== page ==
Last week, GQ magazine published a fascinating, not entirely flattering, but also weirdly sympathetic profile of Avicii. Key takeaways include the suggestion that he's not much of a technical DJ, women like to throw their bras at him, the champagne flows freely in Vegas, and, damn, becoming a megastar at 23 years old is actually kind of hard, on both the liver and the spirit.
Avicii was not amused, and he utilized Facebook to air his grievances: "Reporter Jessica Pressler BEGINS by describing my fans as 'douchebags' - not as a quote - but as an (her) obvious impression in the introduction to the text. The preamble to that describes people attending to my shows as drug addicts!"
Avicii's fans, predictably, have taken to social media and GQ's comments section to support their hero. A substantial number of them, like Avicii himself, seem to have fixed upon the use of the term "douchebag" as proof of Pressler's perfidy. That's understandable; it's a charged, punchy word. Even if you think it's sexist, juvenile, or just ugly, it's also kind of hard to stop saying. But let's do a little bit of close reading.
First of all, as to that "preamble" that Avicii mentions: "Four years ago, he was just some Swedish kid named Tim who liked messing around on his laptop at home. One iTunes-dominating dance hit ('Levels') later, he's Avicii, world's hottest DJ, making $250,000 a night to keep the Ecstasy-dosed, champagne-soaked masses moving." Sure, the description, "Ecstasy-dosed, champagne-soaked," might err on the side of color over hard statistical research, but let's get real. A lot of bottles of Dom get popped during the course of the feature. And, come on: MDMA, Molly, ecstasy — call it what you will, there's a lot of it out there right now. Not just in dance music, but in pop culture, full-stop.
But on to the "douchebag" portion of our book club. Avicii is upset that the writer portrays his fans as douchebags. But is she really? Let's break down the douchiness:
Instance #1: In the first paragraph, we ride with Avicii between Anaheim and Las Vegas, as he races to get from one New Year's Eve booking to the next. He is late to his gig at Vegas' XS club. Pressler writes, "'@Avicii better get to XS soon!!' some douchebag is saying on Twitter." Is she not defending Avicii against the insensitive and discourteous members of the public who don't understand the travails of a professional DJ and can't just hold their damn horses? Sounds like she's clearly in Avicii's corner. Let the artist do his job!
Instance #2: Shortly after we learn that Avicii has never taken MDMA, a member of his entourage proposes doing some "showers" — that is, a water fight with 10 bottles of champagne. "But Tim is having second thoughts," writes Pressler. "'It's a bit douchey,' he says. 'It's very douchey.'" His friend promises to take the fall. "'Just blame it on me,' Felix offers magnanimously. 'I'll be a douche.'" This is clearly a case of auto-douchicide, and one that spares Avicii from any possible charges of douchiness, in any case. Point: Pressler.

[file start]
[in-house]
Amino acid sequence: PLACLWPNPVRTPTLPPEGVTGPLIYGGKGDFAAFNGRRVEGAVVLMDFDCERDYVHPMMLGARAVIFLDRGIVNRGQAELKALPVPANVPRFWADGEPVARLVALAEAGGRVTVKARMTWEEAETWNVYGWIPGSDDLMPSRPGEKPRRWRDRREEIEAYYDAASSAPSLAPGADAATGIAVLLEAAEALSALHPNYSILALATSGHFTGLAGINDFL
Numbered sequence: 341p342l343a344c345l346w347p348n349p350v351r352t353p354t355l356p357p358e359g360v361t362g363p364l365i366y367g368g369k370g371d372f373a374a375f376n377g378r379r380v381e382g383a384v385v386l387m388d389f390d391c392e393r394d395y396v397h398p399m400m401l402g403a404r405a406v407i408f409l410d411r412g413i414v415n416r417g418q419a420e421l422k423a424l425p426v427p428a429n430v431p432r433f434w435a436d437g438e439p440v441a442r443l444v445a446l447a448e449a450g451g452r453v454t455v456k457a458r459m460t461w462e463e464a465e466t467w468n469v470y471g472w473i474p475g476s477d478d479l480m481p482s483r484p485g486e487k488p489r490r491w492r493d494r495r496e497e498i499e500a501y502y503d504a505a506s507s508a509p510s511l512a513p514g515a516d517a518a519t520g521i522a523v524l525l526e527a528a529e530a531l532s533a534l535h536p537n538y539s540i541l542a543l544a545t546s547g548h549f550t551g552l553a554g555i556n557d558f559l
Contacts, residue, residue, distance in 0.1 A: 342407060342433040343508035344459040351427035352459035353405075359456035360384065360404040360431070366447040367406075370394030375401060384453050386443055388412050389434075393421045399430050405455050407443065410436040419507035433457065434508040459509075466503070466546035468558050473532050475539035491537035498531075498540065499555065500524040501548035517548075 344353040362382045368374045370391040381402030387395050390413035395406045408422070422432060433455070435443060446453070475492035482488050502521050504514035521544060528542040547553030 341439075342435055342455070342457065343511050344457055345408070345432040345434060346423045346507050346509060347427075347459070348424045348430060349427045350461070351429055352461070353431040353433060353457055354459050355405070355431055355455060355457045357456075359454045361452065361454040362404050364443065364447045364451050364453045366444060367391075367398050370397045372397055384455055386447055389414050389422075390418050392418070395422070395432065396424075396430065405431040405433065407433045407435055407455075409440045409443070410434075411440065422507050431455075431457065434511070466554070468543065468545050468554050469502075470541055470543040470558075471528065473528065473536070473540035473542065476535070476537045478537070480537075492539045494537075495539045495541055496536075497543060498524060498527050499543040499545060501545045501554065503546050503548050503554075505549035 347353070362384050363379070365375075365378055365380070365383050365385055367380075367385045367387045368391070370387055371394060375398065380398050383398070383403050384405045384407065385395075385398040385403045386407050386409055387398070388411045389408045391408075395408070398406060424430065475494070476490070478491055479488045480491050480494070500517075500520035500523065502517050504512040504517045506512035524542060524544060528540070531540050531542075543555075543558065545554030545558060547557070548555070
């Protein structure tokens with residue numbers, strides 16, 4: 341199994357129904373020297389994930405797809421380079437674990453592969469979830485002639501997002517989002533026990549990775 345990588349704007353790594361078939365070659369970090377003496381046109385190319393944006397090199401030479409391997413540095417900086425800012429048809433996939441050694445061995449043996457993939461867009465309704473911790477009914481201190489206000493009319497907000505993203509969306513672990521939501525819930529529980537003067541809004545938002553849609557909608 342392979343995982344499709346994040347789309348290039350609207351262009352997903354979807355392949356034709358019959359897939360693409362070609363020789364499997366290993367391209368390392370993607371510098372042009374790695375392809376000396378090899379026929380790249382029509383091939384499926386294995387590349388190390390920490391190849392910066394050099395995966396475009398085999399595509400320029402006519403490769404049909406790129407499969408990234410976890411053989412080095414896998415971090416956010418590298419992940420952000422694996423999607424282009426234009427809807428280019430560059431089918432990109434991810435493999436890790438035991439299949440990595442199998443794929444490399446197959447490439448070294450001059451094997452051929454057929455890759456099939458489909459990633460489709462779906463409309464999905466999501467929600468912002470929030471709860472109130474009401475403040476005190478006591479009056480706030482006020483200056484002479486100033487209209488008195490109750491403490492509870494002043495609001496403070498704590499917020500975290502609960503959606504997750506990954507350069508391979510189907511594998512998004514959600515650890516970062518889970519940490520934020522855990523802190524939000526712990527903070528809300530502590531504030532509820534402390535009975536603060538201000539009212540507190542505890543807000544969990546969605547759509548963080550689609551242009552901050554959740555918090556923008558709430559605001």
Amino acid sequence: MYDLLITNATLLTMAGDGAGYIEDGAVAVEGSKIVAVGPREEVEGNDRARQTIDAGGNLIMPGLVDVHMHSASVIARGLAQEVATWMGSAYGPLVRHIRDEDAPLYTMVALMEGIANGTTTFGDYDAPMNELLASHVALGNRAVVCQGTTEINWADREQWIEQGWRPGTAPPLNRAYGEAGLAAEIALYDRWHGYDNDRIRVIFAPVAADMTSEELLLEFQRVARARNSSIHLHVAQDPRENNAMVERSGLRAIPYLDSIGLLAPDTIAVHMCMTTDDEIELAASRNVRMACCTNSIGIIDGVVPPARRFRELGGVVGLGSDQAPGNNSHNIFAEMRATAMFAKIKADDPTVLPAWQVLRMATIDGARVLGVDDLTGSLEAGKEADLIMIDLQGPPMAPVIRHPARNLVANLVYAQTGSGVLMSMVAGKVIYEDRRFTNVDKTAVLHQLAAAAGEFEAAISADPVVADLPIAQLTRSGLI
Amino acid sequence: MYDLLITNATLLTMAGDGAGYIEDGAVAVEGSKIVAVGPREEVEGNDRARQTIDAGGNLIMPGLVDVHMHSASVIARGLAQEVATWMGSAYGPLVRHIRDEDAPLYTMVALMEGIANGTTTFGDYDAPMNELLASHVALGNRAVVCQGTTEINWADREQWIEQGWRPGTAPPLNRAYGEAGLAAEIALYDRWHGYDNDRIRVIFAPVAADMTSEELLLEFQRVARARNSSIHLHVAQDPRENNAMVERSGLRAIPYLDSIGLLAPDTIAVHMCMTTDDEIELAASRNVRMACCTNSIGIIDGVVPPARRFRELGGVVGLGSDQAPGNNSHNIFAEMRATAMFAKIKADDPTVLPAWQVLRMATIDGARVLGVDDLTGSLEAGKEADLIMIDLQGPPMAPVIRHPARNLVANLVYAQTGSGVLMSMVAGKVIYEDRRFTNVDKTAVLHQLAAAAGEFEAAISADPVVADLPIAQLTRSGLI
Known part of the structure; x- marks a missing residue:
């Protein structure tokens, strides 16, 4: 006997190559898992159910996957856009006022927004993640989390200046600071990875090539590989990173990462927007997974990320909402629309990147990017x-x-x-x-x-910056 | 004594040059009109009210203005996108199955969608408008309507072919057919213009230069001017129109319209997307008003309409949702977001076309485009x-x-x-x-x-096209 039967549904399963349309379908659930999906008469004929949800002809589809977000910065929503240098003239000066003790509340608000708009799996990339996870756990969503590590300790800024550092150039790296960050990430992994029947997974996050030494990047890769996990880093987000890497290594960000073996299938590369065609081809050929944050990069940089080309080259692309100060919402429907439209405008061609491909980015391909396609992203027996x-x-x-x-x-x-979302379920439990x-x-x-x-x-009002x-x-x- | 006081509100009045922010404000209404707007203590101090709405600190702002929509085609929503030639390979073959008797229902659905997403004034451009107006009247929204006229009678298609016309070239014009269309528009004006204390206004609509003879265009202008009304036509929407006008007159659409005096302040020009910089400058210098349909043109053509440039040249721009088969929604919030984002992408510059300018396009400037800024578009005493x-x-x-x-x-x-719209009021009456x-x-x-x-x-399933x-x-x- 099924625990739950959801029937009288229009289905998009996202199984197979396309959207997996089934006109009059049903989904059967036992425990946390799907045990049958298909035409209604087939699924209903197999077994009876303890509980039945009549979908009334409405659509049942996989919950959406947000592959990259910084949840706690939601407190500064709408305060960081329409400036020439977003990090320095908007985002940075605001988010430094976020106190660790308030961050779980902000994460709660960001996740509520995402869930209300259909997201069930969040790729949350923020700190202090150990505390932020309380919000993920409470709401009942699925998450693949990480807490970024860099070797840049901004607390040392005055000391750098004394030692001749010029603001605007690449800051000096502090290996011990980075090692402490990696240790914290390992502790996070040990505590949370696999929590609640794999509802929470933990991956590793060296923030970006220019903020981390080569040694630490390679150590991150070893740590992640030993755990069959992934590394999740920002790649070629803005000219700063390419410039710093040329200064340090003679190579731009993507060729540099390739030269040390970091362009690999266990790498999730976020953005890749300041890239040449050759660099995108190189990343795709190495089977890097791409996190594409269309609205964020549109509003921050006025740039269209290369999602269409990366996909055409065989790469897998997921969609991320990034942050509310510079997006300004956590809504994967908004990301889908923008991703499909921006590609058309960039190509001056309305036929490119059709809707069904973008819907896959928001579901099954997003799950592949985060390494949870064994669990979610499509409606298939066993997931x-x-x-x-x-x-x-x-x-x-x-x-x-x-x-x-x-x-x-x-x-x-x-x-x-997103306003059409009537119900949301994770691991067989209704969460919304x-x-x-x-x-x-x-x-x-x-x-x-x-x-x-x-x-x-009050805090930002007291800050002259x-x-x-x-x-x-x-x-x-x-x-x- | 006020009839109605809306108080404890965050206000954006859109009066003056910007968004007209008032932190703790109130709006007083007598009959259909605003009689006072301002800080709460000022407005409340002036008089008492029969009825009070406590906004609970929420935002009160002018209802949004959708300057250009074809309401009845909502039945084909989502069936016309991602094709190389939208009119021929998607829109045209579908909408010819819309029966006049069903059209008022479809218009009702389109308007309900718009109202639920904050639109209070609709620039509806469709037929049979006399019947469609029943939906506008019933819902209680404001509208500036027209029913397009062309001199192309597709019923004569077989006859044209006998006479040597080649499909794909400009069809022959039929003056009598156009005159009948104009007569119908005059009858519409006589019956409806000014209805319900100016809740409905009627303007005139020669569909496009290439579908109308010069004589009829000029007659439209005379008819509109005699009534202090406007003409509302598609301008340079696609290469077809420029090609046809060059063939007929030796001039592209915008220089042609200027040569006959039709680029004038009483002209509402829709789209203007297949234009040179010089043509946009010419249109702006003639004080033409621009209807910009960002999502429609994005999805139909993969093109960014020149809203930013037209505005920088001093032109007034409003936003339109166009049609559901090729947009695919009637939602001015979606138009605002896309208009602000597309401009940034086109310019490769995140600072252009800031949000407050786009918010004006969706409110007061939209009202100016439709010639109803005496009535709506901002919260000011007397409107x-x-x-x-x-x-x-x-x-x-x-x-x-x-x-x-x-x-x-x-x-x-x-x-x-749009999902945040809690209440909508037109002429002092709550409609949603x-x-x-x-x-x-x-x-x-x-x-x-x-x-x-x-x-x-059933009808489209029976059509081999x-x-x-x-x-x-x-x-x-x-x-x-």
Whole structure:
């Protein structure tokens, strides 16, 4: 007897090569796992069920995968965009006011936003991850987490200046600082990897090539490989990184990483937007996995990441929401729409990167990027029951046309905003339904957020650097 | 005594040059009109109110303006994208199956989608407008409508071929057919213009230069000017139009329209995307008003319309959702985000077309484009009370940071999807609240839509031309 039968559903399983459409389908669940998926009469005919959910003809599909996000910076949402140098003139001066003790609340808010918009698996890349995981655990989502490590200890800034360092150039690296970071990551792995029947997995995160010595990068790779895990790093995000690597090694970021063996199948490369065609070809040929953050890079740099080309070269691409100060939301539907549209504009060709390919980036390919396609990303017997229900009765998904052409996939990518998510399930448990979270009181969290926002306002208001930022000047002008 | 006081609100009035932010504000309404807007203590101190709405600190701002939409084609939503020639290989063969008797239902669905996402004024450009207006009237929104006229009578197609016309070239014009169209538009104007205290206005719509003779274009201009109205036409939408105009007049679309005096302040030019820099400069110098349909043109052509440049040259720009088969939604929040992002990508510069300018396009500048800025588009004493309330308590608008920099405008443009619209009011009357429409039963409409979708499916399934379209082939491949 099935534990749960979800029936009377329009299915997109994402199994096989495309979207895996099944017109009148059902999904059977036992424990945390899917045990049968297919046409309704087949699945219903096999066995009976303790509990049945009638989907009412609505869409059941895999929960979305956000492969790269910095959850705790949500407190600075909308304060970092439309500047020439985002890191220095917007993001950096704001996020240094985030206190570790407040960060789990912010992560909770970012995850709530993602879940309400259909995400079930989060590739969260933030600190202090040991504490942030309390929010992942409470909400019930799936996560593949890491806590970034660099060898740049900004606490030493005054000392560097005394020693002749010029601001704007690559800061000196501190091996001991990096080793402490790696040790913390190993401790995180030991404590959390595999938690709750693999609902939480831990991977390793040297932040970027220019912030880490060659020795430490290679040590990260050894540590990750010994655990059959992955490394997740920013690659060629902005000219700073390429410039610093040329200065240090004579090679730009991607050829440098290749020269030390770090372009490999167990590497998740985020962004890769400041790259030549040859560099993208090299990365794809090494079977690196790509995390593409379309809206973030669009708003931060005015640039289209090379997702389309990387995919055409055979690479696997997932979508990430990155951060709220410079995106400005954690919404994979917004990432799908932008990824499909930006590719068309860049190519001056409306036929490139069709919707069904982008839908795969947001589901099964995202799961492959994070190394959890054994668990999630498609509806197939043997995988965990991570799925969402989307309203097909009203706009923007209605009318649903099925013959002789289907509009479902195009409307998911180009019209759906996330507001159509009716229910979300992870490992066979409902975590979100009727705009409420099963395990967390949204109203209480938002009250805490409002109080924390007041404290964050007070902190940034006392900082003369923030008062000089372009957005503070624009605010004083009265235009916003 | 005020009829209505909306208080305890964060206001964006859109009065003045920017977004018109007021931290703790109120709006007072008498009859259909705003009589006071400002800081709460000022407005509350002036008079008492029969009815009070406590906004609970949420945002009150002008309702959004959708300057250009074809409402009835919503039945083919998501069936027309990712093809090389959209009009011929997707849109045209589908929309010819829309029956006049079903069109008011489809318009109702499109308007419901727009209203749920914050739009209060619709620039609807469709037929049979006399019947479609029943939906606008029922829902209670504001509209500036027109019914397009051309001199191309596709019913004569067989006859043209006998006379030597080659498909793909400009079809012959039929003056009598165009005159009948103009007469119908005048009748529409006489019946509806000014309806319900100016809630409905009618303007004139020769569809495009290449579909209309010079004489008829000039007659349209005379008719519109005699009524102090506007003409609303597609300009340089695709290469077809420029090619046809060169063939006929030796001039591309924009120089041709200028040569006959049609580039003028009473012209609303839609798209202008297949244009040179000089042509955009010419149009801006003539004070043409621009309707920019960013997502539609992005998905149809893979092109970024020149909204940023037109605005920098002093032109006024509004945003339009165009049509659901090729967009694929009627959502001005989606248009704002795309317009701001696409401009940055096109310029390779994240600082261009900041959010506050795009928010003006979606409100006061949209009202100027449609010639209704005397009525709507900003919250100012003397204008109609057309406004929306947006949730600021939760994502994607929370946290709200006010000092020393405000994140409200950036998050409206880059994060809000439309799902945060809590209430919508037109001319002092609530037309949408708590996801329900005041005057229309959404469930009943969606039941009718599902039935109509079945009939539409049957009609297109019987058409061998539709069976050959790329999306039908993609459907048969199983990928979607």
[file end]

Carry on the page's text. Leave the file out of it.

Instance #3: Avicii is surprised by the passion of the crowd at Anaheim's White Wonderland festival. "'Swedish people would be too cool for this kind of thing,'" he is quoted as saying. "'We're, um...what do you call it? Emily, do you know which word I use?'" His girlfriend answers, "'Douchey?'" Here, it's the apparently stylish and repressed Swedes who get branded with the tag of 'baggery — quite the opposite from effusive American ravers, whose free spirits we celebrate via Avicii's obviously awed and humbled reaction. (It also would appear that Avicii says "douchebag" a lot. So much, in fact, that it's the first word his girlfriend thinks of when he asks, "Do you know which word I use?")
Instance #4: As Avicii DJs, an XS promoter sprays a bottle of Dom Perignon across the booth, leaving a member of his entourage "batting foam out of his eyes, rivulets of $900 champagne streaming down his bald head." Pressler writes, "One hand on his headphones, the other on the fader, Tim is too focused on keeping the crowd jumping in front of him to notice the douchiness going on behind him." Once again, it would seem, the writer is actually coming to Avicii's defense, calling out the shenanigans around him that would make this thing called "EDM" appear anything less than the passionate, focused celebration of music and togetherness that its supporters believe it to be.
"Douche" count: Six, and none of them directed at Avicii's fans. Overall, it appears that Pressler, in her eagle-eyed way, actually has Avicii's back. But for wary DJs currently considering canceling their upcoming interviews, here's a pro tip: If you don't want a journalist to call your fans "douchebags," don't invite them to your party at a Vegas superclub. And if you do, keep a cork in the Dom.